Good flick. Definitely a must-see. But I don't like how it gave so much time to Neocons to spit their nonsense unchallenged. All these films are just preaching to the choir, but they're not even converting us. We're left with a false dichotomy - either promote freedom or scale back our military industrial complex. That's what's left by the time this film is over, with the Neocons having had 20 minutes of a 90-minute film to talk about 'democracy' and how great America is for 'doing it' for other countries. It's total bullshit.
There are some people in the film who try to clean up the lies of the neocons, but it's not nearly enough. We've been propagandized with the neocon line for, oh, 5 or so years now - how about a different point of view for once?
I didn't think I'd learn anything - or anything of much importance - in this film, but I did - two very big, very important things:
1) There seems to be a fundamental conflict between capitalism and democracy. I've heard this sentiment expressed before by Socialists and by Chomsky (who probably qualifies as some type of pseudo-socialist, though I really don't know much about his financial/economy thoughts) - I think, and I wasn't sure if I bought into it, this apparent conflict between capitalism and democracy, but I'm starting to buy, now. I believe it was Charles Lewis in the movie who said the 'capitalism vs. democracy' thing, and I respect his opinion. He's been a crusader against politician bribe-taking in both parties for years. He's very much an equal-Party basher - and that's a very good thing, in general. I need to read more on this now - how corporations are tyrannical by nature and how they obviously don't get along well with democracy. I guess it was the extremist lefty-winger (and Republican), Dwight D. Eisenhowever, who most famously expressed that opinion the night before he left the Office of the POTUS.
2) Chalmers Johnson said that the reason the U.S., or any other country, needs oil is because that is the thing that fuels a nation's military - figuratively and literally. Without oil, a nation's military could not function - thus, a nation would be left virtually defenseless, or at a minimum, unable to carry-out its imperialist adventures without great cost. This rings true because that is apparently what forced Japan to attack us at Pearl Harbor - we'd cut off their oil supply, among other things. Japan apparently had a choice of radically changing their foreign policy or going to war with the U.S. and the UK, and they chose war. My reading thus far suggests that President Roosevelt was seeking a way to get the U.S. into the war, and this was how he hoped to do it. Mission accomplished, asshole.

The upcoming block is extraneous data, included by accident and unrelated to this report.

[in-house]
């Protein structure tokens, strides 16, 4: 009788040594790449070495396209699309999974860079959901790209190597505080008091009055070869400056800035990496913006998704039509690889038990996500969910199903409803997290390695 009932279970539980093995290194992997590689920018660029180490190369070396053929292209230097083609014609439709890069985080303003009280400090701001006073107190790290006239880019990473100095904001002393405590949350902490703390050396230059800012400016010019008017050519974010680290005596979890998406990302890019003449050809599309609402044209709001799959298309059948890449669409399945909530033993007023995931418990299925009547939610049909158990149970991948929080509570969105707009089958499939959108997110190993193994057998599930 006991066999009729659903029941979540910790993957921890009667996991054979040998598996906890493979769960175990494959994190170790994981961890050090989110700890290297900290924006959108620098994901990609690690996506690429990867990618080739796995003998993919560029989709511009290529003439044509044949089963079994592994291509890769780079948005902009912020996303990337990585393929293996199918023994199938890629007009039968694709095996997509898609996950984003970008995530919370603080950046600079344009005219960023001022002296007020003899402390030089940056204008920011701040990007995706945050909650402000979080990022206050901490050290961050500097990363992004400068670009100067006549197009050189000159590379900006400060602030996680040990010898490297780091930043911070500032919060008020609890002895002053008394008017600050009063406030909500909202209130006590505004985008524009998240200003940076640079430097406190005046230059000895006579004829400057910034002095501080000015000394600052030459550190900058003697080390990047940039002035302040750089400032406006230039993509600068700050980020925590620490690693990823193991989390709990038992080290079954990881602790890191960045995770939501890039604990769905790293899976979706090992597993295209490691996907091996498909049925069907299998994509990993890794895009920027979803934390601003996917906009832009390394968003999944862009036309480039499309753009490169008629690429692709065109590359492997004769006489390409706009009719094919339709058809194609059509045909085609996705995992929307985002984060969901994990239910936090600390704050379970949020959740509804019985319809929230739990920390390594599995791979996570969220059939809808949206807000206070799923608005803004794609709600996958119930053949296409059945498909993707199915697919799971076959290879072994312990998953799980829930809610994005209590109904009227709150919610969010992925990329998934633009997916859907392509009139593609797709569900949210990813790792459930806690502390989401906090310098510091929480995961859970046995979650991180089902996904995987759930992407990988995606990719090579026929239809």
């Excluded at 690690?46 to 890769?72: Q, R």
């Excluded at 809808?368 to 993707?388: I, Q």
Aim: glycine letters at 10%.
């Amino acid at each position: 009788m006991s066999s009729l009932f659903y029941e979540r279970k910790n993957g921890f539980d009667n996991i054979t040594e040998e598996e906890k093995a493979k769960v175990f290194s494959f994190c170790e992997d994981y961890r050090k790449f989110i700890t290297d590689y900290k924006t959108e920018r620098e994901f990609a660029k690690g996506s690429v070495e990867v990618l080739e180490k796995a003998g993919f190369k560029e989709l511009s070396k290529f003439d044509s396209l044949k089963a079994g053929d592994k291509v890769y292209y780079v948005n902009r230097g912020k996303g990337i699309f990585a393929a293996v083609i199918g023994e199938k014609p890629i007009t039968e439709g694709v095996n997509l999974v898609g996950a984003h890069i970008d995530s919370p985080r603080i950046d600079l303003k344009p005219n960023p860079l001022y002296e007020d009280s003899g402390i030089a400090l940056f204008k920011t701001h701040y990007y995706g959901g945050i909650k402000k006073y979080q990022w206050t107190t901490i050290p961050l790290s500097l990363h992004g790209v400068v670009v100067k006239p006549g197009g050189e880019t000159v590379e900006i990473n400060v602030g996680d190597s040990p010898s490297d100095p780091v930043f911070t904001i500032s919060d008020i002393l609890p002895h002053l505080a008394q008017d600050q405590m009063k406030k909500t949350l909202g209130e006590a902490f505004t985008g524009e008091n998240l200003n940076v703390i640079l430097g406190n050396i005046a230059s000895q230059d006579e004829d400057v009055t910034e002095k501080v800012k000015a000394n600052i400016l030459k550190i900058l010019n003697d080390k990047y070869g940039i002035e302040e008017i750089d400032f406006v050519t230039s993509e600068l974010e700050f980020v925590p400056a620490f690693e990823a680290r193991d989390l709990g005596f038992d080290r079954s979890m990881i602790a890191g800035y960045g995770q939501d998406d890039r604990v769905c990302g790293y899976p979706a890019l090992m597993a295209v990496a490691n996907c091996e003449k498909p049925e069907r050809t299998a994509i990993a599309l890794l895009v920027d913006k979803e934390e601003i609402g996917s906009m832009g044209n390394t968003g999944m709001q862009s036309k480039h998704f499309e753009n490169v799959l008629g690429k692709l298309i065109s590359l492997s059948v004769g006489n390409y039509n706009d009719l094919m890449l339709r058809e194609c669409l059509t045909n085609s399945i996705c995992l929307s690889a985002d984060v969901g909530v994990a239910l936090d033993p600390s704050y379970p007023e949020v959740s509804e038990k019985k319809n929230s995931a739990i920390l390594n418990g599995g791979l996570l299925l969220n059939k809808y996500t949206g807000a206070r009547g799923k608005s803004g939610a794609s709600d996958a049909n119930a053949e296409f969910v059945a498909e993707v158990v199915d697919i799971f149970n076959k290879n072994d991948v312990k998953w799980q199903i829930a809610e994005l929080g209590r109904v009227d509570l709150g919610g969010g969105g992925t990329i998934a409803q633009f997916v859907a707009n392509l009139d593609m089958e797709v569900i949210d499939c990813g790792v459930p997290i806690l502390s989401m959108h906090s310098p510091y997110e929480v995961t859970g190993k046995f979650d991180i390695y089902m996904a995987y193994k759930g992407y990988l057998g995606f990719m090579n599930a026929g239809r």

As a footnote to this second 'lesson learned' from the move 'Why We Fight', I have to mention that it was a hard-core, Bush-loving, liberal-hating, Republican that once told me about Pearl Harbor:
Well, they had no choice. We cut off their supply of <something>.
I certainly don't remember what that 'something' was, or maybe I never heard it right in the first place, but I certainly do remember that this guy, a fanatical Republican, said of Japan - a foreign country that viciously attacked the United States of America, where over 2,403 Americans were murdered, of which 68 were civilians - that Japan 'had no choice' but to murder those 2,403 Americans. This was shocking to me for any number of reasons, but to hear a Republican suggest that his own government had some responsibility - from his statement, much if not all of the responsibility - for Pearl Harbor, was quite unbelievable. Because of that Republican, though, I learned something new. Maybe not four years ago, when I first heard it, but now, after it'd been drilled into my head a few more times. I finally got it. I finally get it. What's the lesson, here? Several:
1) Even Republicans speak the truth once in a while.
2) We should not disregard everything a person says because we disagree, in general, with most of what a person says.
3) Activism means drilling a message home, over and over, often over years. Not in a propagandistic way - sometimes it just takes people - people like me - several times of hearing something to start to really consider it. The brainwashing we'd received throughout our lives it tough to overcome. [That's why we need to get into the classrooms and start teaching our children the truth about our history.]
Finally, wanted to mention that Ike had supposedly originally written 'military-industrial-congressional complex' instead of just 'military-industrial complex'. Forget whether this appeared in the movie or not - I think it did. The Wiki says this:
In the penultimate draft of the address, Eisenhower initially used the term military-industrial-congressional complex, indicating the essential role that U.S. Congress plays in propagating the military industry. But, it is said, that the president chose to strike the word congressional in order to avoid offending members of the legislative branch of the federal government. The author of the term was Eisenhower's speech-writer Malcolm Moos.
Here's the director on the Daily Show.